MCSG President, Vice President on the coming year

By Kyle Coombs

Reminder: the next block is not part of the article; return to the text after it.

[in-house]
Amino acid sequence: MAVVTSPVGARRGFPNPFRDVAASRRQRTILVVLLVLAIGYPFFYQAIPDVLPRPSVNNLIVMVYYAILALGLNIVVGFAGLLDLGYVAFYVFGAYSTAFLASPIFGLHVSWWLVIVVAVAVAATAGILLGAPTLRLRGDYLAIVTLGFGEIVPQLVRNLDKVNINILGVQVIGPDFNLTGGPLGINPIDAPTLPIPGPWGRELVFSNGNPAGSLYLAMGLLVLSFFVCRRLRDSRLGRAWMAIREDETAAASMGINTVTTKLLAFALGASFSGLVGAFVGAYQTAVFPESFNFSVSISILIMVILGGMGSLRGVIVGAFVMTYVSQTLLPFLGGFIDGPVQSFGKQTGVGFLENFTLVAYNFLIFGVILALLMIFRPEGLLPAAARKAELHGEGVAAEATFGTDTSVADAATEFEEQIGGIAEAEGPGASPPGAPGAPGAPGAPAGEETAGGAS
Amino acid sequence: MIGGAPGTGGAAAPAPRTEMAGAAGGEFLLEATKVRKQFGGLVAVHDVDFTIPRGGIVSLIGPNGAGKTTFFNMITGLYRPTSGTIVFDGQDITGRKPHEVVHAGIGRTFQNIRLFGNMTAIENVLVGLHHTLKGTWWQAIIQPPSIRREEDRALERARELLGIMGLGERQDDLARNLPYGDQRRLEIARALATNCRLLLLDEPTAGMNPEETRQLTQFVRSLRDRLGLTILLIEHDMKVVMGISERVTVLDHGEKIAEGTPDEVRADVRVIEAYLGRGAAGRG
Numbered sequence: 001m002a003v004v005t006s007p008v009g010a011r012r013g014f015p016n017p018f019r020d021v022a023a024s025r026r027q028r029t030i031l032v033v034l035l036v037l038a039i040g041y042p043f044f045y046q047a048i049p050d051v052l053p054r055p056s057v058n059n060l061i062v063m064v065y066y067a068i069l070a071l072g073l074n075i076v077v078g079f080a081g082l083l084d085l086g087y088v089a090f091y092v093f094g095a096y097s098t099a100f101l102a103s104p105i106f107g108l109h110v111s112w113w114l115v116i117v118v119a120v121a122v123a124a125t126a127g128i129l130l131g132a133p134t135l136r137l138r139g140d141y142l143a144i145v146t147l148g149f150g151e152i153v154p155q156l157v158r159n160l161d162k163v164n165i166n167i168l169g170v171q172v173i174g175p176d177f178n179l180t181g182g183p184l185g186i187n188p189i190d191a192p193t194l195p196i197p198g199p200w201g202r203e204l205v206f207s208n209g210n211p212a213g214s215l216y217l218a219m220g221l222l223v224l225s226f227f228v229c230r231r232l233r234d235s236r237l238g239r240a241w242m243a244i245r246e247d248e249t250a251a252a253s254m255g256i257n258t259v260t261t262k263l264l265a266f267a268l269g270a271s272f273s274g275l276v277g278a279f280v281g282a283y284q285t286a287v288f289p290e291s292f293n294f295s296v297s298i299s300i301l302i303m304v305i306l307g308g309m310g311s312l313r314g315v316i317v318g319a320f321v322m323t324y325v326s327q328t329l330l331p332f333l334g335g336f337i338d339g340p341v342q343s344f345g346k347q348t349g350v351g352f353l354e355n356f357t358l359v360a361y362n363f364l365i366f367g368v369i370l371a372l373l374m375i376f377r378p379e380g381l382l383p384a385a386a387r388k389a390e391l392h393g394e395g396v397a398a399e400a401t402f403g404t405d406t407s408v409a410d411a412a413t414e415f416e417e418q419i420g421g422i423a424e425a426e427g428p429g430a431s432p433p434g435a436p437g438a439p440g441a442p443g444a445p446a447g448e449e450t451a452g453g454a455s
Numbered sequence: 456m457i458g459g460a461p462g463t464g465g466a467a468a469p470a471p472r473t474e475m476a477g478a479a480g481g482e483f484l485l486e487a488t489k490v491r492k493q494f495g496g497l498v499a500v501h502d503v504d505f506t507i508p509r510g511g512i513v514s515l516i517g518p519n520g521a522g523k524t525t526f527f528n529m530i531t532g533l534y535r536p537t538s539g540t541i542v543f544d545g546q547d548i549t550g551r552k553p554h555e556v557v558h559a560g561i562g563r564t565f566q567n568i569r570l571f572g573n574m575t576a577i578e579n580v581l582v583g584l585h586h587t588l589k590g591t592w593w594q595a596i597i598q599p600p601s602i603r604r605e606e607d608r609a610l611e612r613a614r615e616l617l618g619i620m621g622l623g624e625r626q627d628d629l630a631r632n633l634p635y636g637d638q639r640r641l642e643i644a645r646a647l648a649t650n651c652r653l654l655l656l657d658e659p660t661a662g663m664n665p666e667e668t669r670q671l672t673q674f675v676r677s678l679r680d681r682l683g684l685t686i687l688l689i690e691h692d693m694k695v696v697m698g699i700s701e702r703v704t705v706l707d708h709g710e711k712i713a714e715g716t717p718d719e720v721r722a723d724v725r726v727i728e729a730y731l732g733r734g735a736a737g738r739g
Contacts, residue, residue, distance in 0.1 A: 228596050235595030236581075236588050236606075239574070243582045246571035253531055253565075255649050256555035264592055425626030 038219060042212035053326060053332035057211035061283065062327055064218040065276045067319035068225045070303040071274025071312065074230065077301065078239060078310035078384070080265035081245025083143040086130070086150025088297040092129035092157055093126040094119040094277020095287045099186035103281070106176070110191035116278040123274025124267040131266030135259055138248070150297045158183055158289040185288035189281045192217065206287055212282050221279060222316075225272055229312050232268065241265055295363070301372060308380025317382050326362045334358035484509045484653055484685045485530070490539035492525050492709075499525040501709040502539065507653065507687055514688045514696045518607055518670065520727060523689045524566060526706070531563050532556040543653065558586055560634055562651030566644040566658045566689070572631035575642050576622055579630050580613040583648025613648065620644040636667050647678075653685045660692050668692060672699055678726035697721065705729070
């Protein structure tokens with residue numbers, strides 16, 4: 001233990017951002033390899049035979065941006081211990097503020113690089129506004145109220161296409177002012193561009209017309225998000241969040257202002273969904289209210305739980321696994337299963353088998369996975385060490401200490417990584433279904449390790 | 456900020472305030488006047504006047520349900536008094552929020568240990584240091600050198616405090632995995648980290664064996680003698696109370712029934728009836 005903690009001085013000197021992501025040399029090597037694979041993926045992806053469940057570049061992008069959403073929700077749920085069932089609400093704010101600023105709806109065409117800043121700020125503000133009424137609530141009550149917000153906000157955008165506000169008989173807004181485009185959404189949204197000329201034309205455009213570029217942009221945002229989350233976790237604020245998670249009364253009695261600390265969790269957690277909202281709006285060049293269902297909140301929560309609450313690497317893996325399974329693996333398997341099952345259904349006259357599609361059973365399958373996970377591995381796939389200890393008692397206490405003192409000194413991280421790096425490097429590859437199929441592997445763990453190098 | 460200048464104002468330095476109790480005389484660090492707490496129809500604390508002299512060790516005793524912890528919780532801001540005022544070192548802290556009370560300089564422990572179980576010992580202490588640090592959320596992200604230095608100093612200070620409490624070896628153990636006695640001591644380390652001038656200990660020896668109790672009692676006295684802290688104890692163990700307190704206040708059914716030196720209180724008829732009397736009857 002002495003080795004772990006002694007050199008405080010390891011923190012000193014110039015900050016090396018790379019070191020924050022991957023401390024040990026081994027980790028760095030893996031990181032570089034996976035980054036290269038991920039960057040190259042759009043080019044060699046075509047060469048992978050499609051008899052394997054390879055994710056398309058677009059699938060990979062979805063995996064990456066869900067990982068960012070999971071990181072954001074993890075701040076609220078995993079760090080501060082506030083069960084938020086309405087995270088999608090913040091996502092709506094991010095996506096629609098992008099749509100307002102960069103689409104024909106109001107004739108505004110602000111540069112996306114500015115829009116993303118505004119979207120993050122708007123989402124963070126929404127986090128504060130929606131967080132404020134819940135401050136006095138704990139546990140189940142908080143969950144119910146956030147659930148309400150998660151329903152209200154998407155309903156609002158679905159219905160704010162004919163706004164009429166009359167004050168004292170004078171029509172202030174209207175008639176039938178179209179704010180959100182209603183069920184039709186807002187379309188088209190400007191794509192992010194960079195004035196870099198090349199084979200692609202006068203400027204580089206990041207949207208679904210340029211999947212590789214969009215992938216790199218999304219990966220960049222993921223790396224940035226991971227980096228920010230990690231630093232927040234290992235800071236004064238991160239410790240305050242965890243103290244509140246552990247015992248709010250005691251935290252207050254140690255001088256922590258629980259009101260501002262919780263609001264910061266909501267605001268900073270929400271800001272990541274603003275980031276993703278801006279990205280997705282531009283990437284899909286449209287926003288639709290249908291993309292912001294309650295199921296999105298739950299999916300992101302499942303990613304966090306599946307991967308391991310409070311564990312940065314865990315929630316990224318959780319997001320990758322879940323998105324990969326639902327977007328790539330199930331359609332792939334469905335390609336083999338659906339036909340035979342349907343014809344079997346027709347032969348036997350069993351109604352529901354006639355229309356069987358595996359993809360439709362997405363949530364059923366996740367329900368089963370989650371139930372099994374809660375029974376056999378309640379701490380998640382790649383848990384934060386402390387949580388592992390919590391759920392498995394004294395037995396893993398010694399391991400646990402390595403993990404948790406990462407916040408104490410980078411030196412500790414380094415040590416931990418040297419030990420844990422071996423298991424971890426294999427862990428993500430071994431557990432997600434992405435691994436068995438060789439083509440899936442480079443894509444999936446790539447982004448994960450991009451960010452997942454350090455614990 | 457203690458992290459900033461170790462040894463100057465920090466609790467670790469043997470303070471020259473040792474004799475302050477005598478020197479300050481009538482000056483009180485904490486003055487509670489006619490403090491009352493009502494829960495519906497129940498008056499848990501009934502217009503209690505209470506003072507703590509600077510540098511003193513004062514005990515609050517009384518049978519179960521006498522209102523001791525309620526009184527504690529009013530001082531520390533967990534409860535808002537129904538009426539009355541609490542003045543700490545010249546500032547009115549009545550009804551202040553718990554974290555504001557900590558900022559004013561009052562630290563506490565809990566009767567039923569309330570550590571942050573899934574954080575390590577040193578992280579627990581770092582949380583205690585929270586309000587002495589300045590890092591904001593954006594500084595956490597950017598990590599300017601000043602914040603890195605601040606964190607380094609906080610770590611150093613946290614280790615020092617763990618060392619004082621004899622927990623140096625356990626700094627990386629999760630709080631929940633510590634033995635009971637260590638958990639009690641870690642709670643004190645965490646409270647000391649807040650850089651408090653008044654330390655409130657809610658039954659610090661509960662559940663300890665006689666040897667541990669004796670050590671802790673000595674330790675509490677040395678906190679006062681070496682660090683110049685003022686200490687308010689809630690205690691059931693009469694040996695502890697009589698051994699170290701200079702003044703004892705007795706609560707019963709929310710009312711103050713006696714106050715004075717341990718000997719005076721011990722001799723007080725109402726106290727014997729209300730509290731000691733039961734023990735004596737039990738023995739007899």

Meet your MCSG President, Patrick Snyder ’13, and Vice President, Kai Peterson ’13. The Mac Weekly sat down with them to talk about the coming year. TMW: What would you like new students to know about you? Patrick Snyder: I hope there isn’t much of a distinction between me as a person and me as a President. I’m a senior Hispanic Studies and International Studies major. I have been involved in MCSG since my first year. When I came in I went to the org fair like everyone else and wanted to do all hundred or so orgs. So I decided to get involved in MCSG and live vicariously through other orgs. Kai Peterson: My experience is a little different than Pat’s. I wasn’t involved until the end of my sophomore year. Cailin Rogers ’13 asked me to be her running mate for junior rep since we studied abroad opposite semesters. I’m also a Political Science/Chinese double major. I like to encourage others to engage in their community. It bothers me when people complain about problems without trying to address them. I have been on the tennis team since first year, but no orgs. I served on the Financial Affairs Committee and worked hard on communicating issues. That’s why it is important for me to be the Chair of the Student Services and Relations Committee (SSRC). Can you speak about the structure of MCSG a bit? PS: Well, the legislative body has 26 members: six executive members and 20 representatives, five from each class. MCSG is made up of five committees: the Academic Affairs Committee (AAC), the Student Organizations Committee (SOC), the Student Services and Relations Committee (SSRC), the Financial Affairs Committee (FAC) and Program Board (PB). Well, the Program Board chair is on the Exec Board, but it operates autonomously. Can you talk about what each committee does a bit? KP: The FAC gets requests from student orgs to put on specific events and evaluate them based on the guidelines MCSG sets and has published. PS: FAC does the thankless job of being stewards of the Student Activity Fee and doling it out. It is difficult because there are 106 organizations. That number has grown quite a bit, and with it the demand for funds. So we recently made the decision not to fund food unless it was integral to the event. KP: The SSRC is introducing the Community Chest this year. It is a pot of money for events. It passed very quickly and without much clarity on rules, intentionally. We’ll start evaluating requests as they come in, explore what kind of events are happening and bring more clarity to the uses of the Chest. Right now you could come to us with an idea for “Pantless Friday” and we would vote on it. Most important is that it’s open to anybody. The SSRC is also the public relations arm of MCSG. We gather input and information from the student body and also tell them about MCSG’s actions. PS: The AAC handles any questions and issues with academic life. Something big they do is the Textbook Reserve Program, which puts expensive textbooks for commonly taught, popular classes on reserve in the library. It’s a way to put the Student Activity Fee to good use. And the SOC? PS: The SOC advises student organizations and conducts an audit process to ensure orgs are healthy and functioning. It also charters new orgs based on institutional guidelines. This year the SOC is going to help orgs become more reflective on events and keep track of successes. Do you have any goals for the year? PS: I have a few. We are starting an event follow-up form immediately and tweaking it as we go. The event follow-up form looks like more paperwork at first glance, but it helps us to reliably and consistently keep track of events on campus and gauge their success. That is something we lacked in the past. The SOC will keep track of this information for orgs to check three years down the line if they forget specifics. I think Mac is best with a diverse, dynamic array of student organizations that are encouraged to be reflective about their contributions and receive all the institutional support they need from MCSG. The form will help the FAC effectively utilize the Student Activity Fee. Say we allocate $500, organizations will seldom spend all $500. If we know that, then we can take $100 back and reoffer it to other orgs. KP: Otherwise, it ends up being part of the rollover surplus. PS: I also want to increase Mac’s presence off-campus. I want to create an off-campus issues committee. This committee will have students living on and off campus. I want to think more broadly about our neighborhood, perhaps encourage students to attend neighborhood council meetings or a block party. I want us to bridge the gap between students and their non-student neighbors. Does the motivation for the off-campus initiative come out of the recent Housing Ordinance? PS: The Housing Ordinance highlighted the need. I’m not going to pretend Mac Students don’t like to party and aren’t partially complicit, but I’m still 100 percent against it since I don’t think it is a good solution. However, I think in the absence of informal measures to solve issues, the community turned to formal measures like the ordinance. However, if we can create more of a community between students and their neighbors, then maybe informal measures will retroactively solve the problems. In a few years, I think people will see the ordinance is not doing what they want. What’s happening with the ice rink and rollover? PS: According to the process, we needed to make an ice rink happen. We’ve done a lot of research on that and drawn up diagrams and worked on it. KP: Progress has been made, obstacle after obstacle passed. Details have been cleared and we are cautiously optimistic. PS: We’d like to have one by this winter. We’re still trying to make it happen actively. What do you want to say to first-year reps? KP: It’s a great way to get hands-on experience. You delve into issues and are the first to hear about things. It is a great way to increase understanding of what happens and get to be a student leader early. PS: It’s an exciting experience. You find out first about every student org event we fund and can be a member of those orgs. You work with people of many opinions. That takes a lot of patience and you learn a lot of patience, say come finals week when you’re tired and the meeting has gone for two hours. KP: But Jim Hoppe brings candy. PS: Also, he is a tremendous asset and adviser. How can students see what is going on? PS: Our minutes are on the website, you can stop by during our office hours, which are on the website or go to the weekly meetings in Weyerhaeuser Boardroom every Tuesday at 7 pm. KP: You can also stop any of us and ask about things. We can all at least point you in the right direction. E-mail us too; personal e-mails are not off-limits. Just feel free to tell us your ideas. PS: All student government is a conversation between students and we’re all peers. End of story. refresh –>